Single-Family Homes Built for Rent Reach Record High
Single-Family Homes Built for Rent Reach Record High, Homeownership Rates Decline.
The number of construction starts for single-family homes built-for-rent (SFBFR) reached its highest quarterly volume on record during the third quarter of 2021 (Deitz). Covid-19 has reshaped the way many of us think about where we live, work and play. It’s also fanned the flames of an already hot housing market accelerating the interest in single- family homes for rent. Single-family homes built to rent is the fastest growing segment of the American housing market thanks to skyrocketing home prices, stagnant earning potential, high student loan debt, tighter credit standards, and little in the way of savings (Kamen). Many Millennials, working class people, and a growing share of moderate- and middle-income Americans simply can’t afford to purchase a home in today’s real estate climate. As a result, builders and investors are capitalizing on the trend and renovating homes or building specs in hot areas. In some instances, investors are building new for-rent master-planned communities altogether.
According to the NAHB, 47,000 single family rental homes began construction over the last four quarters, a 17.5% gain compared to the 40,000 estimated. And the number of built-to-rent homes — single-family homes constructed expressly for the purpose of renting — increased 30 percent from 2019 to 2020 representing about 6% of the market (Kamen). It’s important to note that the estimates above don’t even include homes that are sold to a 3rd party to use as rental units. The NAHB estimates these rental homes represent another 3-4% of single-family construction starts bringing the new construction market share for single-family rental homes to almost 10%. That percentage is expected to double in the next ten years (Kamen).
The share of built-for-rent homes increased in the years after the Great Recession when investors recognized an opportunity to rent homes at a time when homeownership rates began to decline. Covid-19 has accelerated the investment in single family rentals to warp speed. Today 35% of U.S. rentals are single-family homes. And as more households seek lower density single- family neighborhoods amid concerns of a raging pandemic and the emergence of remote working and schooling, a growing number will have to rent to do so. The lack of inventory and affordability has sidelined many would-be single- family buyers.
While SFBFR homes are a way to add inventory amid concerns over housing affordability, it comes at the cost of fewer homeownership opportunities. Currently, only 37% of Americans under the age of 35 own a home (Kamen). That number is even lower for low- and moderate-income individuals and families and people of color. And the rate of homeownership is expected to decline further. By 2040 the Urban Institute predicts that homeownership rates across all demographics will fall by three percent. That’s 3.3 million fewer homeowners, or 3.3 million more renters who are not tapping into the wealth-building potential of homeownership. The numbers are even more staggering for Black Americans—a 12.4% decline in homeownership (Goodman and Zhu). The implications for wealth building among all races and ethnicities are problematic, but most dramatically for BIPOC Americans.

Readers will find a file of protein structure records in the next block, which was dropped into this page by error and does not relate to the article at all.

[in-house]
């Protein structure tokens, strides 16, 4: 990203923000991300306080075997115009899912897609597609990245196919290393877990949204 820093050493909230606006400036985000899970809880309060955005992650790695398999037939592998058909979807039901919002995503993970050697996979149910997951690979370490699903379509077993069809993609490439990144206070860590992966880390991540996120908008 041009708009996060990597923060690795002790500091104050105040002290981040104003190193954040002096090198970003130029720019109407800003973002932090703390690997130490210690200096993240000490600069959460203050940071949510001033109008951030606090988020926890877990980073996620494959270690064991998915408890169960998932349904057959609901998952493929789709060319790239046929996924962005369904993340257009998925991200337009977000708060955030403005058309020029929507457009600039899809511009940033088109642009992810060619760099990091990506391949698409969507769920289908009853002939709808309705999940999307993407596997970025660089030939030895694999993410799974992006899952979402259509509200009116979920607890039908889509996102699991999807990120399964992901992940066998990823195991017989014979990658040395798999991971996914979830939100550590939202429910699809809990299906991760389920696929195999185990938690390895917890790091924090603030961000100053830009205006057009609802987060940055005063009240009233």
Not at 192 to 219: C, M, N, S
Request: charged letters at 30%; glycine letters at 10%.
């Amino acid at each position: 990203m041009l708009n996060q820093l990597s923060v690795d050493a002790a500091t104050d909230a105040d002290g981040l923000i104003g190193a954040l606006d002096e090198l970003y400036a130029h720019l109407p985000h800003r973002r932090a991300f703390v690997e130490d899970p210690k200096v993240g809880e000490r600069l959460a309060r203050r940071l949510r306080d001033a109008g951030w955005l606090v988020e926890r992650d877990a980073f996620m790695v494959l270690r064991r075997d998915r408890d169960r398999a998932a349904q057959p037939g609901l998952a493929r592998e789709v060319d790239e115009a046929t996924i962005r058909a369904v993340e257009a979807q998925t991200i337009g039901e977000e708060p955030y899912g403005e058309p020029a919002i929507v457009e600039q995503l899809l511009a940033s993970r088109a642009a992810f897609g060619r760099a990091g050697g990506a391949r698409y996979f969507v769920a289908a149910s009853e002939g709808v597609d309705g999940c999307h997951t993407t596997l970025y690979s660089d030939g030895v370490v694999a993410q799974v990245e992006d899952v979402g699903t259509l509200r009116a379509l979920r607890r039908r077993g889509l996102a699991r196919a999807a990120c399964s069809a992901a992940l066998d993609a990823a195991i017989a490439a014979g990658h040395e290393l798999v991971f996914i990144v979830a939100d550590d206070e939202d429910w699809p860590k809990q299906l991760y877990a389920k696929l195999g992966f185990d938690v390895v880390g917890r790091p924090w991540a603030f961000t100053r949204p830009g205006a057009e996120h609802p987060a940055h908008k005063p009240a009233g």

So how do we ‘build back better?’ Our specific focus at GROWTH is to expand the inventory of affordable homes by building new or renovating existing homes primarily in LMI census tracts. In tandem, we work with local municipalities to provide subsidies that offset construction costs and appraisal gaps; we also work with local banks and organizations to provide access to credit and capital in the form of down payment assistance and diverse financing options and buyer assistance. Homeownership is a key factor in building generational wealth and bridging the yawning racial wealth gap. Now more than ever, we have the capability to create a future for homeownership that is more equitable and inclusive. Learn how you can get involved here.
For more information on GROWTH and our community or property locations visit us here. Click the links for information on housing counseling and workforce development. And for more information on community development financing, click here.
Dietz, Robert. “Single-Family Built-for-Rent: Best Quarter on Record: Eye on Housing.” Eye On Housing | National Association of Home Builders Discusses Economics and Housing Policy, National Association of Homebuilders, 17 Nov. 2021, https://eyeonhousing.org/2021/11/single-family-built-for-rent-best-quarter-on-record/.
Goodman, Laurie, and Jun Zhu. “By 2040, the US Will Experience Modest Homeownership Declines. but for Black Households, the Impact Will Be Dramatic.” Urban Institute, 21 Jan. 2021, https://www.urban.org/urban-wire/2040-us-will-experience-modest-homeownership-declines-black-households-impact-will-be-dramatic.
Kamin, Debra. “The Market for Single-Family Rentals Grows as Homeownership Wanes.” The New York Times, The New York Times, 22 Oct. 2021, https://www.nytimes.com/2021/10/22/realestate/single-family-rentals.html.